IN celebrating Jelly Roll Morton's legacy, drummer Ken Mathieson journeyed back through the history of jazz itself. Indeed, some of the tunes played here were even older than the concert emcee's patter; older, perhaps, but a sight fresher because Mathieson, when he eventually managed to wrestle possession of the stage, was perfectly justified in asserting that Morton's music is ageless.
It helped that the guests who supplemented Mathieson's regular team, and latterly an extended version thereof, play as if permanently plumbed into the New Orleans wellspring, clarinettist Evan Christopher and trumpeter Duke Heitger both soloing with bruised and bluesy character and guitarist-banjo player Don Vappie singing Buddy Bolden's Blues with a sure grasp of his subject.
Even before they arrived, however, "homeys" Martin Foster and Dick Lee, the former especially on an impassioned Honey Babe, set the scene with high quality clarinet playing in the same spirit.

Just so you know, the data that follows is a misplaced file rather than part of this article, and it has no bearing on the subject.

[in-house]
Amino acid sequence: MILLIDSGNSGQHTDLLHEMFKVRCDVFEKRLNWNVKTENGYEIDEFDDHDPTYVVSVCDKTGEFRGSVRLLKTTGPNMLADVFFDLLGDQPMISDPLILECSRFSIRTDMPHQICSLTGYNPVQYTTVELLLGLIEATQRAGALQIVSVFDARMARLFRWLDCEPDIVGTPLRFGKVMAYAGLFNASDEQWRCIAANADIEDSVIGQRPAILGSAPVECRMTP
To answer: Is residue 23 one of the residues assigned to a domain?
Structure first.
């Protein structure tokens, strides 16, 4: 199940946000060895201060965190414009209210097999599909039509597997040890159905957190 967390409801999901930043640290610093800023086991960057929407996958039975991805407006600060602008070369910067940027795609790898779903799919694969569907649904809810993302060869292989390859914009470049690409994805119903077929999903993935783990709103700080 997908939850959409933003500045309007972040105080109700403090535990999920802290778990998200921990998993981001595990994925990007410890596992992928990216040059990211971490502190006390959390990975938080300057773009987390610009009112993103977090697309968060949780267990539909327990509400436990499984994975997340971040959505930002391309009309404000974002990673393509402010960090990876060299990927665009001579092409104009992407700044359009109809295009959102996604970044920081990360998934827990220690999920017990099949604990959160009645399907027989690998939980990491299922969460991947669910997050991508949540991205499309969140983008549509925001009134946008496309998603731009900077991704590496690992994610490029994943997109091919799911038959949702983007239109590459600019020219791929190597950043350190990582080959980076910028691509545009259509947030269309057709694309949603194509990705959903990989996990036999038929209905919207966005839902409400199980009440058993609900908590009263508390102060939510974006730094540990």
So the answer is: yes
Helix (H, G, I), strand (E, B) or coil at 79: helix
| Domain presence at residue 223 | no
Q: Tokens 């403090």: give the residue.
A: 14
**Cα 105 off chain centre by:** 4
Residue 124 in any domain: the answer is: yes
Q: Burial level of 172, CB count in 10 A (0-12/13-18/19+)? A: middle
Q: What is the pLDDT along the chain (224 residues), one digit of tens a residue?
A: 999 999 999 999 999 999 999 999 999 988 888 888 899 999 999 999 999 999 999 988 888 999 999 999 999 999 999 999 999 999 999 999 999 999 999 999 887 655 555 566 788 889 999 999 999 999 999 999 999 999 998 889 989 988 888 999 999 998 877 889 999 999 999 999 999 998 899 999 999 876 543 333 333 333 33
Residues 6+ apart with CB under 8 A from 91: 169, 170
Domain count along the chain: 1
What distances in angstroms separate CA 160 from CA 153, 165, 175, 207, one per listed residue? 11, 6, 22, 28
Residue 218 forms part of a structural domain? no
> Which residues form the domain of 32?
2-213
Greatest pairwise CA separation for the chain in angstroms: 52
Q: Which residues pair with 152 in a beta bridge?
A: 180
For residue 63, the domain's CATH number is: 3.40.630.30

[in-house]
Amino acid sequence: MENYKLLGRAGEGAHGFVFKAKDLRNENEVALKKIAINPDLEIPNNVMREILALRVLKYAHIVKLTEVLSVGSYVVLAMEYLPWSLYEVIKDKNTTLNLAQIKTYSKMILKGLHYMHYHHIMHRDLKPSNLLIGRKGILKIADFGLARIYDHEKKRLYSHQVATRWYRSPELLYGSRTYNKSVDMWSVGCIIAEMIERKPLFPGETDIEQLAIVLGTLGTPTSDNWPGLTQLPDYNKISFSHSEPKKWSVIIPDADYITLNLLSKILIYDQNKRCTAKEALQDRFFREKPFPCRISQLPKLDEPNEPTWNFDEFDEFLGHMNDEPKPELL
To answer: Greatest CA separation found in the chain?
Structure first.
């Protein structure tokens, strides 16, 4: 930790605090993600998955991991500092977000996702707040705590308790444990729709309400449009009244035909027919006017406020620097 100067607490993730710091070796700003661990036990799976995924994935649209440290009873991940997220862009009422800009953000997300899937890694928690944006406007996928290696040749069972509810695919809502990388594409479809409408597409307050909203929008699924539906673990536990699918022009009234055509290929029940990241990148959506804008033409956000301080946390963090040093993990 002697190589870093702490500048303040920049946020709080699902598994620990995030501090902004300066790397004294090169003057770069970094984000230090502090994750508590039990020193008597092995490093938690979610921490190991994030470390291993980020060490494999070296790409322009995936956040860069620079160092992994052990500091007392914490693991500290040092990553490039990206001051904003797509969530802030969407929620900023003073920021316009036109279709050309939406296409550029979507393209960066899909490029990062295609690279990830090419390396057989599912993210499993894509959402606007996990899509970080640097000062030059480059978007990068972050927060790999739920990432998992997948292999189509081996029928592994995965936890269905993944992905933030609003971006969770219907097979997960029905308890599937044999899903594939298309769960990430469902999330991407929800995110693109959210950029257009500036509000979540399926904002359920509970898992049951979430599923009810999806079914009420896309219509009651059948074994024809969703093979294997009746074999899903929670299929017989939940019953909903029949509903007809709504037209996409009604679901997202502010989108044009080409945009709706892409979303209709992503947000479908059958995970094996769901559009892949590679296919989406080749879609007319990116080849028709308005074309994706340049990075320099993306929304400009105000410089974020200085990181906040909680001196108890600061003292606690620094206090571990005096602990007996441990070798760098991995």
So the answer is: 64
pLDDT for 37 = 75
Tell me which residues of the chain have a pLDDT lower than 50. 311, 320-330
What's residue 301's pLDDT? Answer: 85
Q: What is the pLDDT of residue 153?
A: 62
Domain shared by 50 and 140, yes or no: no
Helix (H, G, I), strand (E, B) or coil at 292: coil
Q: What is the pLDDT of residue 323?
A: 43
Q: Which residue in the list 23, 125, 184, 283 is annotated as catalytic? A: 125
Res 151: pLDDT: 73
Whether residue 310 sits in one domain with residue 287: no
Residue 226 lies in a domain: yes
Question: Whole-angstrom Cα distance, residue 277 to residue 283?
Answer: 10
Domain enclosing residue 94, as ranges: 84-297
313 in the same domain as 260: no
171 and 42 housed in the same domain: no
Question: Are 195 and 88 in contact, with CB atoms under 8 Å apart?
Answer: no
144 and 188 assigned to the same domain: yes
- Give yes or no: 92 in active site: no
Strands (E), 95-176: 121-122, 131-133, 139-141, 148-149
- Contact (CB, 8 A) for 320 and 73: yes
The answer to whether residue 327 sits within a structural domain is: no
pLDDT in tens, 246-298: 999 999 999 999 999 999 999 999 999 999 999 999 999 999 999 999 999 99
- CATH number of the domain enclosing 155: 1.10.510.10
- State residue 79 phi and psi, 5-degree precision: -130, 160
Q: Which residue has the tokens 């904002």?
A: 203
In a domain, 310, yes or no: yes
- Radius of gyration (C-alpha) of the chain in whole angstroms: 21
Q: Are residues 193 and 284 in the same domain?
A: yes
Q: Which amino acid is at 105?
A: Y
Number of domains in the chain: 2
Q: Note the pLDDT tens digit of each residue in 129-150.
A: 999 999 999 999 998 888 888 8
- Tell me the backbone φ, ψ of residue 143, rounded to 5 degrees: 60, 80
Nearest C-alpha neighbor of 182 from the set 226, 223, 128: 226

Mathieson had raided the vaults of the Morton collection and burned the midnight oil to present arrangements that in some cases were world premieres of pieces that Morton had left unfinished or never expanded beyond the basic piano blueprint. Whoever or whatever inspired ZZ, it wasn't sleep as the expanded CJO, with added trumpets and trombones, swung emphatically in support of Christopher's joyous extemporising.
Morton's influence, notably on Duke Ellington (and especially the slow-burning Dusk, played with exemplary control), and his adaptation of early jazz hit Clarinet Marmalade were highlighted and explained at some length. But it was the musical notes that mattered and youthful tenorist Konrad Wiszniewski's soloing on King Porter Stomp signified a baton being passed on con brio.